CHICAGO, Ill. -- In response to community interest, FEMA Region V officials have provided additional information on the Snow Emergency Declaration issued by the President on January 15. Forty-seven counties in central and northern Indiana have been designated for federal funding to help reimburse costs for snow removal and emergency protective services.
The following details will help local officials and Indiana residents understand the federal emergency declaration process:
- FEMA was in contact with the Indiana State Emergency Management Agency (SEMA) when snow began to accumulate Saturday, Jan. 2.
- On Monday, Jan. 11, Gov. Frank O'Bannon asked for emergency federal assistance for the severe winter storm that posed a threat to public health and safety in numerous counties of Indiana.
- President Clinton approved an Emergency Declaration on Friday, Jan. 15 after reviewing FEMA's analysis of the request. FEMA coordinates the federal response when a disaster is declared and provides federal funds released by the President's declaration to the affected state.
- Director Witt designated 47 counties eligible for federal funding to pay 75 percent of the eligible cost of emergency protective measures. These counties in central and northern Indiana had met the assistance criteria by recording "record" or "near record" levels of snowfall.
- Assistance made available by this emergency declaration is meant to supplement state and local recovery efforts which have been ongoing -- that is to provide reimbursement to state agencies, counties, cities, towns or authorized public entities and certain private non-profit organizations that performed specific emergency snow removal activities.
- Under an emergency declaration, federal disaster assistance is not available to individuals or business owners.
- FEMA will provide reimbursement through SEMA to governmental units, communities and certain non-profit organizations for 75 percent of the total eligible costs of snow removal equipment operations, contract personnel and equipment, and overtime for permanent personnel. The State and/or local governments will assume the remaining non-federal share of costs.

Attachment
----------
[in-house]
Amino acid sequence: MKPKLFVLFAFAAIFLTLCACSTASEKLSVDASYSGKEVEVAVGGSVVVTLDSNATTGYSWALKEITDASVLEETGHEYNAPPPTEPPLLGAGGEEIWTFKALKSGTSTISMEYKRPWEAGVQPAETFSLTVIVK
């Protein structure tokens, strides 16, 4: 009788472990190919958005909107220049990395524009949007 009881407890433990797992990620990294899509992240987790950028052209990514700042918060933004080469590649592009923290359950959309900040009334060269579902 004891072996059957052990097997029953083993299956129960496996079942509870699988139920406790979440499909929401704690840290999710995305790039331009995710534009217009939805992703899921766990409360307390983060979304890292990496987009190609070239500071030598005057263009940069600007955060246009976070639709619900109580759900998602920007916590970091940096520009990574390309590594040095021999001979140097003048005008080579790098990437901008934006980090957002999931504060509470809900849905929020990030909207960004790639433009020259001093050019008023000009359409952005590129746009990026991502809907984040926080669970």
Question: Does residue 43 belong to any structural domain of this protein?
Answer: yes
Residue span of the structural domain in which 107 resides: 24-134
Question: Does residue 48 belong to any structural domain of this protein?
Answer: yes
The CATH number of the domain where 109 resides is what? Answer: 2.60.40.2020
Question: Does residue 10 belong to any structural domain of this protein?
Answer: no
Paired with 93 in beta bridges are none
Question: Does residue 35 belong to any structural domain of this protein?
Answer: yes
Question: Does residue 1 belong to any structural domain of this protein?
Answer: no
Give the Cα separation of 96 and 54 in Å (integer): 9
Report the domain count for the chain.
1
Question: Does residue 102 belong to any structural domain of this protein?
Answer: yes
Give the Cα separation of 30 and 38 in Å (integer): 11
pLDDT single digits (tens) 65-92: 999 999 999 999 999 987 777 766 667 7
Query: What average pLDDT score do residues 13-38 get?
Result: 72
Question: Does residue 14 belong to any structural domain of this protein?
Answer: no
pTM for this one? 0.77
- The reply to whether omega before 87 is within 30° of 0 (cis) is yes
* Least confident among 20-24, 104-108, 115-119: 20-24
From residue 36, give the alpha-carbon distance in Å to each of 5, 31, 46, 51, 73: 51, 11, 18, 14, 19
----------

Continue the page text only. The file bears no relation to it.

- Related emergency protective measures such as sanding and salting, search and rescue, shelter operations, and police and fire departments' response may also be eligible for reimbursement.
- FEMA will provide emergency funding to cover a 48-hour period. Applicants will designate the specific 48-hour period to be used for their respective snow removal assistance requests.
- If severe winter storm conditions required emergency assistance beyond 48 hours, SEMA may request a waiver to this provision. FEMA will evaluate these requests on a case-by-case basis and, if deemed appropriate, will increase the time period.
- SEMA may also request the addition of a county(ies) if the county had a "record" or "near record" snowfall. SEMA would submit the request to FEMA for evaluation.
- Potential eligible applicants will be contacted in the next several days to establish an Applicants' Briefing schedule. These information briefings are designed to walk applicants through the assistance process. State and federal representatives will explain what costs are eligible, how to report equipment/personnel information and payment procedures and will answer any questions that applicants may have.